Lee Kantor: Lee Kantor here. Another episode of Franchise Marketing Radio. And this is going to be a good one. Today, we have with us Bryan Park with Footprints Floors. Welcome, Bryan.


Bryan Park: Hi. Thanks for having me on.


Lee Kantor: Well, I'm excited to learn what you're up to. Tell us a little bit about Footprints Floors. How are you serving folks?


Bryan Park: We are a full-service residential flooring company. So, we install tile, hardwood, laminate, LVP. We do it all. And we have gone national in the last couple of years and have grown extremely quickly. And we're in 34 states and 140 markets now.


Lee Kantor: Tell us about the beginning. Did you always intend to be a franchise or was that something that just kind of organically evolved?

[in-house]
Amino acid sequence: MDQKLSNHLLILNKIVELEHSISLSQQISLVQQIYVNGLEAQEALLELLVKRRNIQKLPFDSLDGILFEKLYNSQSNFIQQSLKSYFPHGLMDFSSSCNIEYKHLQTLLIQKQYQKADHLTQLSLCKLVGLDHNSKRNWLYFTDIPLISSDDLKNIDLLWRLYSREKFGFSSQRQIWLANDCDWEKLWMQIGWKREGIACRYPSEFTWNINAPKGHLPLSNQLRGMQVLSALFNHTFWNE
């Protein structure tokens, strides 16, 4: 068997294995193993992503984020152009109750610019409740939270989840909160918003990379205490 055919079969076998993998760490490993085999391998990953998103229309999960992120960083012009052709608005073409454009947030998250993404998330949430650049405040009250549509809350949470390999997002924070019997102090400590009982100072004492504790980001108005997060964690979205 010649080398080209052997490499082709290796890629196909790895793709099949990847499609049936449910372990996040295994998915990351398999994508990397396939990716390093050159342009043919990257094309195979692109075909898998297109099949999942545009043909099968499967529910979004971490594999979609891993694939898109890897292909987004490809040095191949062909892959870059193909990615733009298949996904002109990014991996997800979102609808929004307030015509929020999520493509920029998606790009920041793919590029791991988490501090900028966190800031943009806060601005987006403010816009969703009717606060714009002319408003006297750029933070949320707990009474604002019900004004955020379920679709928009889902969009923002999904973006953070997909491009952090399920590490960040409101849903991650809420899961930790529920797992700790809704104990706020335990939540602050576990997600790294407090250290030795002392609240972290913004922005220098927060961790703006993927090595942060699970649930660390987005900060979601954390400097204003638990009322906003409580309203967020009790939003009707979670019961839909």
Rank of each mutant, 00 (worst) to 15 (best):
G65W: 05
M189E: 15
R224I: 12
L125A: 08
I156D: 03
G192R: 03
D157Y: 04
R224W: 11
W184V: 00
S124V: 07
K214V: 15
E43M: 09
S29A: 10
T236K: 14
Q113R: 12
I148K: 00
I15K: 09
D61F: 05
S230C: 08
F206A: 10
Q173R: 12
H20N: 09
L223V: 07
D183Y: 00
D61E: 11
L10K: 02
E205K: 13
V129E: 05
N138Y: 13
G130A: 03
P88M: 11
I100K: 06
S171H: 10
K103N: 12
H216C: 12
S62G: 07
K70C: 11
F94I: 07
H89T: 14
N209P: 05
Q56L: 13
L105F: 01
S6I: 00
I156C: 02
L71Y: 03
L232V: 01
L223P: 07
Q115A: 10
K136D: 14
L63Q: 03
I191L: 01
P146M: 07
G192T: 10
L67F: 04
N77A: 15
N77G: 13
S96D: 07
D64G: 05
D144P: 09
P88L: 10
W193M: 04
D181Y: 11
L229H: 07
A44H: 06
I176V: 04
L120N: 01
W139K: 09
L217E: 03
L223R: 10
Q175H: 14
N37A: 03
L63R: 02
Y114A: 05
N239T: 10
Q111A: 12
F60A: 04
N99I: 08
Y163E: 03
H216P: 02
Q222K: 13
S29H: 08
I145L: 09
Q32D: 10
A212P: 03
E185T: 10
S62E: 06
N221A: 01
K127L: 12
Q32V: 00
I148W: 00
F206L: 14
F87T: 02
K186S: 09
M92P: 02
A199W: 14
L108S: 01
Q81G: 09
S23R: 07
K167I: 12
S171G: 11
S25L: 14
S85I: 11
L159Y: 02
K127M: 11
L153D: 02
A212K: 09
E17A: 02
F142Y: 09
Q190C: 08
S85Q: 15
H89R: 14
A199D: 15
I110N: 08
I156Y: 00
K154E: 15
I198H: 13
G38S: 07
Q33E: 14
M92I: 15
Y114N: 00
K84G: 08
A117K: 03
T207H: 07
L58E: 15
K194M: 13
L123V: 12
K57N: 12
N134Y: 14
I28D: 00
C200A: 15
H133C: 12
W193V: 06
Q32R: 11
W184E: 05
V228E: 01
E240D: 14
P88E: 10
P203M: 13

Bryan Park: It was very organic. We really had no intention from day one of franchising. I was in the Air Force. And after I got out of the Air Force, I was just trying to figure out what to do and kind of stumbled into flooring. And I guess that's a funny story. I was trying to find a job, and my wife and I were newlyweds and in our early 20s, and just trying to figure out what to do. And we had gone out to dinner one night and came home, and we had three puppies because that's what normal people do, they get three puppies. And our puppies had eaten our carpet while we were gone. They just shredded it, and tore up the pad, and there was just confetti all over the house. We hired a flooring company to come and replace carpet. And I was watching that guy install, and it looked like I could do it. I was still skinnier back then. And so, I called up that company and, actually, started installing and sanding hardwood floors for them. And that's how I got into the flooring.